Plenty of Time

Somewhere in me was a constant drive, a spurring to do more, to accomplish as much as I could because time was running out. After mid-life, comes the acceptance of the loss of youth and the real-ization of coming toward death… getting older, finishing rather than beginning… the fear of maybe not having done what we have been put here for. Maybe touching something, but not quite holding it.

beholdingwatermark

“Beholding Yet Not Yet Becoming” – Mixed Media

It was a breath-taking struggle, a hard thing to accept until one day… one evening laying in bed talking to my husband, I was telling him I needed to do * anything *  or * everything * or * something * quickly because I was running out of time.

He reminded me that we had plenty of time. At that moment, Grace gifted me with the remembrance of where we come from and where we are going.

There is this certain Hope…. Expectation… an Inheritance of Life, everlasting Life in the heavens reserved for us in Jesus.

It occurred to me, I saw, that we have plenty of time… it will never run out. My priorities shifted to another Realm.

retreatwatermark

Retreat – 48″x 36″ – Oil Painted after being with sisters for a week in a Florida retreat. I cannot remember the name of the place.

 

On this earth, we do not have endless time, yet there is peace in knowing that we were chosen before the world began… our lives, thoughts, activities. We are known, and planned.  I think we are and do what God has intended. We will die, or sleep. Yet our God has everything in hand toward His purpose. And we will awaken to this Life. We do not end.

sunsetwatermark

Sunset – 18″ x 14″ – Oil – This painting is in a private collection in Denmark.

Here we are planted, and we rise to the Son. We might have a lot coming up, and it will be under our King. Of His Kingdom, there will be no end.

 

For the Love of Ravens

Yesterday I found a facebook page group who love ravens. I like seeing everyone’s posts and photos, stories and art depicting the birds.  It is a lot of fun to post photos, especially when Jack is willing to be photographed.

Over the years, I have painted only a few works of ravens, but recently published a little book through amazon.com called “The Bunny Circle and the Raven Tree.” In the story, the raven watches the valley from the top of his tree, witnessing the bunnies and other wildlife of the southwest United States. It’s a cute little story, yet educational and interesting.

raventreecopyright

A page from “The Bunny Circle and The Raven Tree”. ©Bohlender

Around our place, a raven couple has established their territory, much to our delight. I love watching them. Some of the images combined into this illustration are of the young bird, being trained. He knew little fear, liking to be near our house and windows. I must have several thousand photos of the ravens, with several being good.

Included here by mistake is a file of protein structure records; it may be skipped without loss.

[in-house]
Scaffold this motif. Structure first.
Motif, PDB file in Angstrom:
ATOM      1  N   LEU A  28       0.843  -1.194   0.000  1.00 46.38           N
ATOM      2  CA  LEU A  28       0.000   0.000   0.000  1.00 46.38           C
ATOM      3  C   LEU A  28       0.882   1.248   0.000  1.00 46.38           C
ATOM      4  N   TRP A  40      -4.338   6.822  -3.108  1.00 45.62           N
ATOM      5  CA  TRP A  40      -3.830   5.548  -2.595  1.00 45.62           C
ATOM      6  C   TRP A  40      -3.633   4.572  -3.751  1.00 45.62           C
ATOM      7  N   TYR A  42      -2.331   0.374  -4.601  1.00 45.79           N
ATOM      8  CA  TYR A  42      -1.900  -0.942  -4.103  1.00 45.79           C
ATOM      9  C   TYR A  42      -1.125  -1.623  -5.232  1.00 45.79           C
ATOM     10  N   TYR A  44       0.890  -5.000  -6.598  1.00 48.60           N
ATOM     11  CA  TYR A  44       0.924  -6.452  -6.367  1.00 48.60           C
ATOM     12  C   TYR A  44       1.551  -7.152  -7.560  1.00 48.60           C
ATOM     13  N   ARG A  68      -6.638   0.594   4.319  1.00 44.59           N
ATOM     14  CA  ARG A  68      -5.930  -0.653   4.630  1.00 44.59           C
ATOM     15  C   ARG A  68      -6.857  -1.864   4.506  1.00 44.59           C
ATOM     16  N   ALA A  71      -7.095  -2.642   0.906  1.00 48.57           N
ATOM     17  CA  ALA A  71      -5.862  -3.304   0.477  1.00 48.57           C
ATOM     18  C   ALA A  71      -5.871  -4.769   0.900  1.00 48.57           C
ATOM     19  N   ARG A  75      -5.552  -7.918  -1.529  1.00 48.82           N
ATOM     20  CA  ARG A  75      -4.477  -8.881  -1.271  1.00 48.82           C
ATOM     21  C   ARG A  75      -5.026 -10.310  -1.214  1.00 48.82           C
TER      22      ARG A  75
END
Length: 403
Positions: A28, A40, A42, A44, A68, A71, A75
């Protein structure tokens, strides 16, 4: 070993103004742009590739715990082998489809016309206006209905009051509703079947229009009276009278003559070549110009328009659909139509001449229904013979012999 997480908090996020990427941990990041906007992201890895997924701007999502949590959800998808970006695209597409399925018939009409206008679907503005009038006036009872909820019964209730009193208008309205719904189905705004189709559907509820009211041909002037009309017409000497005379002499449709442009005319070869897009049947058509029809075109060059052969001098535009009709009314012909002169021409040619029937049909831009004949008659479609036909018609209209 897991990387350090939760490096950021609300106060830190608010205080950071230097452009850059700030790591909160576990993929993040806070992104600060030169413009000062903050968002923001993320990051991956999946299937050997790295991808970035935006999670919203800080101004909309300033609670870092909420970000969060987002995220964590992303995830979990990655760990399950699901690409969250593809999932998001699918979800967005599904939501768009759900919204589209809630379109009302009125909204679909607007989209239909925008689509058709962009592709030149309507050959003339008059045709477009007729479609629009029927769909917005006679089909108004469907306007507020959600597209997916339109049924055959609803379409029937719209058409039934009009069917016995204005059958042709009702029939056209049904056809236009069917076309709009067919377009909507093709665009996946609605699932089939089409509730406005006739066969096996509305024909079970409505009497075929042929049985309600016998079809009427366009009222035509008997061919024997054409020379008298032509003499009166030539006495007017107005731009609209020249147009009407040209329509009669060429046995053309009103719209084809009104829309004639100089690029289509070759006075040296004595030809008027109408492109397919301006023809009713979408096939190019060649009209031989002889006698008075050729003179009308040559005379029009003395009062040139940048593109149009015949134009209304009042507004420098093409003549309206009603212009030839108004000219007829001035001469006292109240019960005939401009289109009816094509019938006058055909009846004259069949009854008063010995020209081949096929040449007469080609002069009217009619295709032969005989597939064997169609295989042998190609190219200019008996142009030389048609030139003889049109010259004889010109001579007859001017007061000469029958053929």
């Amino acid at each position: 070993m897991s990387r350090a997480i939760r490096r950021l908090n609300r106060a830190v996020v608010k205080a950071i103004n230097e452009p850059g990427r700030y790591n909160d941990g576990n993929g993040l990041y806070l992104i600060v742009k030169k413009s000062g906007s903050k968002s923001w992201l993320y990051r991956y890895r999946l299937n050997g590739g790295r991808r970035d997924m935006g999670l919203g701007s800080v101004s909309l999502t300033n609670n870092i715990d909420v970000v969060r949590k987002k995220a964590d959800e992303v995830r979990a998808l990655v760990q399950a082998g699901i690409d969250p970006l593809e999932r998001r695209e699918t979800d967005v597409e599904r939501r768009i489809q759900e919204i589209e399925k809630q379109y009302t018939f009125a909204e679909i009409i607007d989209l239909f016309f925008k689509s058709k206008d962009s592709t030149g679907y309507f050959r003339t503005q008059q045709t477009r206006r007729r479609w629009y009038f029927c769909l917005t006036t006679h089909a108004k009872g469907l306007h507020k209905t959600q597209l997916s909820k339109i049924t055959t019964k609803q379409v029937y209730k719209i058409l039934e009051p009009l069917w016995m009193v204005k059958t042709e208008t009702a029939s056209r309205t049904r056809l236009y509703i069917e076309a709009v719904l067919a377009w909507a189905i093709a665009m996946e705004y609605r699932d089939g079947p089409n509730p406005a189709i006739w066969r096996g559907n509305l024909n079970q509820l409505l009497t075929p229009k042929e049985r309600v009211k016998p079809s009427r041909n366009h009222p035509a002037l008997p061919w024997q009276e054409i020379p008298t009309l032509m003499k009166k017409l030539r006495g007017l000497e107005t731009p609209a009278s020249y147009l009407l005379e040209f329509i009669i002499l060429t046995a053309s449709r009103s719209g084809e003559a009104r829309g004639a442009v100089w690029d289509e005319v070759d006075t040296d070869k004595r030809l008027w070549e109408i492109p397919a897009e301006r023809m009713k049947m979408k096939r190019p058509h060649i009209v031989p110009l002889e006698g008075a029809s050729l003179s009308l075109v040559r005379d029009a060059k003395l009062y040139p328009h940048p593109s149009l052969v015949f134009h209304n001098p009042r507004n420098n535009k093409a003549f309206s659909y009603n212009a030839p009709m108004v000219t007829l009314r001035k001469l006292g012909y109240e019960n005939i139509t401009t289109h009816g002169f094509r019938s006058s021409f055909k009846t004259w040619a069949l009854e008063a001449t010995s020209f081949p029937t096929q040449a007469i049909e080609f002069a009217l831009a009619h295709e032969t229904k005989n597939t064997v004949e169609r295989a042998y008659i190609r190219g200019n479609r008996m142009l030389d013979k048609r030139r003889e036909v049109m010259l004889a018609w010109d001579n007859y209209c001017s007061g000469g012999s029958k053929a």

IMG_5054 2.jpg

Then there was my lino block experience, I loved block printing for a short time in my life. I liked this raven a lot, using the prints both for sale, and thank you cards to purchasers of my paintings.

ravenswatermark

Morning Conversation – 20″x 20″ – Oil

Morning Conversation is a friendly depiction. All the birds loved the pecan orchard, the moist soil and shade. This painting is in a private collection in Texas.

ravenscopyright

Untitled – 12″x 14″ – Oil

Untitled used to have a title, but I cannot remember it. The painting has more of a jewel-toned violet, but this is the only photo of this painting I have. It is in a collection in Tucson.

Another’s Seasons of Passing Through

Lately I questioned creating without showing the work. It was a retirement experience, yet art does not retire. I am grateful. Every day there is still the work to listen to and work on.

It is a happy gift to realize when someone tells you your art has affected their life, that the Lord has – through His grace – worked through the work to touch another human being. Either as creating artists or sharers in viewing, there is a quiet sweetness knowing that we have listened, and we are heard.

This is most of a message received recently:  “I am familiar with your work… I purchased a painting of a chair facing a fence. You said it was part of a series painted when you had faced several personal losses. This email is in reference to two other pieces in this series depicting a woman sitting in a rocker and a second one where the woman is standing holding one arm – …

chairwatermark

The Empty Chair – Oils

Currently in my life there seem to be lot of things going nowhere and I remembered these paintings. I told you at the time that what I saw in those pictures was hope; a person who was tired, even very sad. Someone who just had to stop for a while and let the feelings of sadness, loss, despair, weariness pass over – but someone who would pick up and move on. Life was not over, just a season that must be lived through. A place all of us experience at least once in our lives.

sadwatermark

Title – 36″x 48″- Oil

Today, during a time of prayer, those two pictures came vividly to my mind. They ministered hope and encouragement that brought tears to my eyes and a joy to my heart. I was hoping to find pictures of them online. Failing that, I found a way to contact you and let you know just how much they ministered to me. I love my picture of the chair. When I look at it I see hope, faith, expectation. Thank you Jean for sharing your life in your art.”

Empty Nester copy

“The Empty Nester” – 24″x 48″ – Oil

I thank you for your letter – it is a very encouraging blessing to me – a reminder that we really are “passing through” a place that is not our home …. and difficult times that build “an eternal weight of glory.” That we have our expectation in Christ.

It seems that all three paintings were prepared for my first one man show, entitled “Passing Through – Seasons of Mid-Life.” Amen. Passing seasons…

“The Empty Chair” is in a private collection in Arizona, Sadness is in Washington State, and “The Empty Nester” is in a private collection in Arizona.

 

 

 

 

 

 

 

 

 

Family Business

Ranchers. Cowboys. There aren’t too many of those around most places. They are a unique breed of people. Like farmers, they have to know a lot about a lot of things, from machinery, animals, feed values, accounting, commodity markets, on and on. There is no specialized area of their occupation. But it is a specialized occupation all together. Under that unique type of hat that most cowboys and ranchers wear, they have to “wear many hats”.